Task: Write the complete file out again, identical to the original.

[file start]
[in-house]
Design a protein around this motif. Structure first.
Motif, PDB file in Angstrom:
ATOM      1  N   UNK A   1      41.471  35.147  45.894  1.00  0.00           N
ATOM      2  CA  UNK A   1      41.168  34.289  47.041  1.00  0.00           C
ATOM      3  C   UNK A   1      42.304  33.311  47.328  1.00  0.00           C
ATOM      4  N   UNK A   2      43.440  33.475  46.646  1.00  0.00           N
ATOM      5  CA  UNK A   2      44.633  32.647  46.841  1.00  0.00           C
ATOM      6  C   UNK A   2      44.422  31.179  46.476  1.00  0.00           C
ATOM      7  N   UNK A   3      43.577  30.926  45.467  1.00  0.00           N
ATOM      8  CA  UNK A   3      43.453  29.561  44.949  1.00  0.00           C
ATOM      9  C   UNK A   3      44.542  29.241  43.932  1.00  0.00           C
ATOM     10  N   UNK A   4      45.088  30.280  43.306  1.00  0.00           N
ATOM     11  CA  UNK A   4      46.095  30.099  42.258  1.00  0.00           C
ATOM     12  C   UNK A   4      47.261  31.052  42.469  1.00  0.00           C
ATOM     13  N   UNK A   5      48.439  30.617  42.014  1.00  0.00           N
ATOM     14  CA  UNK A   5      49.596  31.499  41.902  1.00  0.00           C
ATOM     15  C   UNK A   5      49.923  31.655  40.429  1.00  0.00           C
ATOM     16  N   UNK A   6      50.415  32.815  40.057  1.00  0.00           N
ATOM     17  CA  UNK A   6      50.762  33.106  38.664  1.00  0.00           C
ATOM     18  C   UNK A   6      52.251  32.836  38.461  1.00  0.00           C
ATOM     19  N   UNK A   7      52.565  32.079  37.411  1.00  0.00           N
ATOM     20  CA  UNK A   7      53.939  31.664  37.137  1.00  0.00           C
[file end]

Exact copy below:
[in-house]
Design a protein around this motif. Structure first.
Motif, PDB file in Angstrom:
ATOM      1  N   UNK A   1      41.471  35.147  45.894  1.00  0.00           N
ATOM      2  CA  UNK A   1      41.168  34.289  47.041  1.00  0.00           C
ATOM      3  C   UNK A   1      42.304  33.311  47.328  1.00  0.00           C
ATOM      4  N   UNK A   2      43.440  33.475  46.646  1.00  0.00           N
ATOM      5  CA  UNK A   2      44.633  32.647  46.841  1.00  0.00           C
ATOM      6  C   UNK A   2      44.422  31.179  46.476  1.00  0.00           C
ATOM      7  N   UNK A   3      43.577  30.926  45.467  1.00  0.00           N
ATOM      8  CA  UNK A   3      43.453  29.561  44.949  1.00  0.00           C
ATOM      9  C   UNK A   3      44.542  29.241  43.932  1.00  0.00           C
ATOM     10  N   UNK A   4      45.088  30.280  43.306  1.00  0.00           N
ATOM     11  CA  UNK A   4      46.095  30.099  42.258  1.00  0.00           C
ATOM     12  C   UNK A   4      47.261  31.052  42.469  1.00  0.00           C
ATOM     13  N   UNK A   5      48.439  30.617  42.014  1.00  0.00           N
ATOM     14  CA  UNK A   5      49.596  31.499  41.902  1.00  0.00           C
ATOM     15  C   UNK A   5      49.923  31.655  40.429  1.00  0.00           C
ATOM     16  N   UNK A   6      50.415  32.815  40.057  1.00  0.00           N
ATOM     17  CA  UNK A   6      50.762  33.106  38.664  1.00  0.00           C
ATOM     18  C   UNK A   6      52.251  32.836  38.461  1.00  0.00           C
ATOM     19  N   UNK A   7      52.565  32.079  37.411  1.00  0.00           N
ATOM     20  CA  UNK A   7      53.939  31.664  37.137  1.00  0.00           C